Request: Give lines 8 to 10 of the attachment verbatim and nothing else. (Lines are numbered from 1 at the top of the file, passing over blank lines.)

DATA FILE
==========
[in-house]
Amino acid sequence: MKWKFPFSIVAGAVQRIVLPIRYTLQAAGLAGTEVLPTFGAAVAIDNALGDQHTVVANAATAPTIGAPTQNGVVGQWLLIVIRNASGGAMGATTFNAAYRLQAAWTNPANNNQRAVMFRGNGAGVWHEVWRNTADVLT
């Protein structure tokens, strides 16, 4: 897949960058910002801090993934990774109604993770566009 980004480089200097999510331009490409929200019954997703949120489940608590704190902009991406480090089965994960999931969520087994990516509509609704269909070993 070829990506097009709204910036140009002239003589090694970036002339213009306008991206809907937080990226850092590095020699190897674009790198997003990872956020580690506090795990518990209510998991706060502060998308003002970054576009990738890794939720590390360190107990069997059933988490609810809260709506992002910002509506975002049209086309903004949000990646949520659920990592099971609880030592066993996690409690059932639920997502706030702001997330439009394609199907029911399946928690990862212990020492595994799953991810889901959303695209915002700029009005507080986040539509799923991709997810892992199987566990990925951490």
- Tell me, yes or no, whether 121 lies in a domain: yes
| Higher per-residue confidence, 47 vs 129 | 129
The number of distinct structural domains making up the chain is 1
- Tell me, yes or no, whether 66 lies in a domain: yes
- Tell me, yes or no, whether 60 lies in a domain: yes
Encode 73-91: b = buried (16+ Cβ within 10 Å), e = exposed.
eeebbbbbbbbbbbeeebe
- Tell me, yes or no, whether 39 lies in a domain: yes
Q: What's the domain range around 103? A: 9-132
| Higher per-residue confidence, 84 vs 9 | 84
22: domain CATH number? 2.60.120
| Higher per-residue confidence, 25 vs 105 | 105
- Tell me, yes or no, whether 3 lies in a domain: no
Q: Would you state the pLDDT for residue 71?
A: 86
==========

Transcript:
- Tell me, yes or no, whether 60 lies in a domain: yes
Encode 73-91: b = buried (16+ Cβ within 10 Å), e = exposed.
eeebbbbbbbbbbbeeebe